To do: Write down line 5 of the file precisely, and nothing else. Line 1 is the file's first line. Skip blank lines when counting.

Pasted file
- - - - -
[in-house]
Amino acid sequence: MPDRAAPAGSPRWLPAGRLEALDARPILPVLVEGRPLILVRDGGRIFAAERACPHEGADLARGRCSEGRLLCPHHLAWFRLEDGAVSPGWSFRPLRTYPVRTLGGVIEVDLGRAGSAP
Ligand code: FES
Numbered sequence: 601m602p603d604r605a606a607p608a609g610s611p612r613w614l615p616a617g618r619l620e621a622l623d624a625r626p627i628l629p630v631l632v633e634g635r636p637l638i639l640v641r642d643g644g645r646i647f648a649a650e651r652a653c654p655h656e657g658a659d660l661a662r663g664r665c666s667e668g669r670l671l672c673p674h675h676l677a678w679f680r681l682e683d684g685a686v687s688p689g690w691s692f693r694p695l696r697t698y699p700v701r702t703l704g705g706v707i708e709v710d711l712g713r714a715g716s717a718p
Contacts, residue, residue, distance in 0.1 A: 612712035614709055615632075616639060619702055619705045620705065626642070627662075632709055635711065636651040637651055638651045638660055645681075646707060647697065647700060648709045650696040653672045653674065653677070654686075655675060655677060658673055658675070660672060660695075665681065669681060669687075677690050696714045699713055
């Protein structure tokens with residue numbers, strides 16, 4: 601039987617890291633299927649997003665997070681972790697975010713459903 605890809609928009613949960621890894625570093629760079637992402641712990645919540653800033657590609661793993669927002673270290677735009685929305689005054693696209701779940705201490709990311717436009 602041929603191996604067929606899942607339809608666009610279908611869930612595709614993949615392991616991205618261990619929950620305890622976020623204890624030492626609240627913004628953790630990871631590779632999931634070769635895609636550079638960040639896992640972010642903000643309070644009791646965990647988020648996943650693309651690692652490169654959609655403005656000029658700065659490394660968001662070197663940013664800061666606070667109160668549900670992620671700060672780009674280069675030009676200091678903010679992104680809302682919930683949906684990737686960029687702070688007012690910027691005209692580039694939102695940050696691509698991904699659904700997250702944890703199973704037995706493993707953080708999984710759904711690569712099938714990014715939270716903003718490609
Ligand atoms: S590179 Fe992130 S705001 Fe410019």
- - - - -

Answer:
Contacts, residue, residue, distance in 0.1 A: 612712035614709055615632075616639060619702055619705045620705065626642070627662075632709055635711065636651040637651055638651045638660055645681075646707060647697065647700060648709045650696040653672045653674065653677070654686075655675060655677060658673055658675070660672060660695075665681065669681060669687075677690050696714045699713055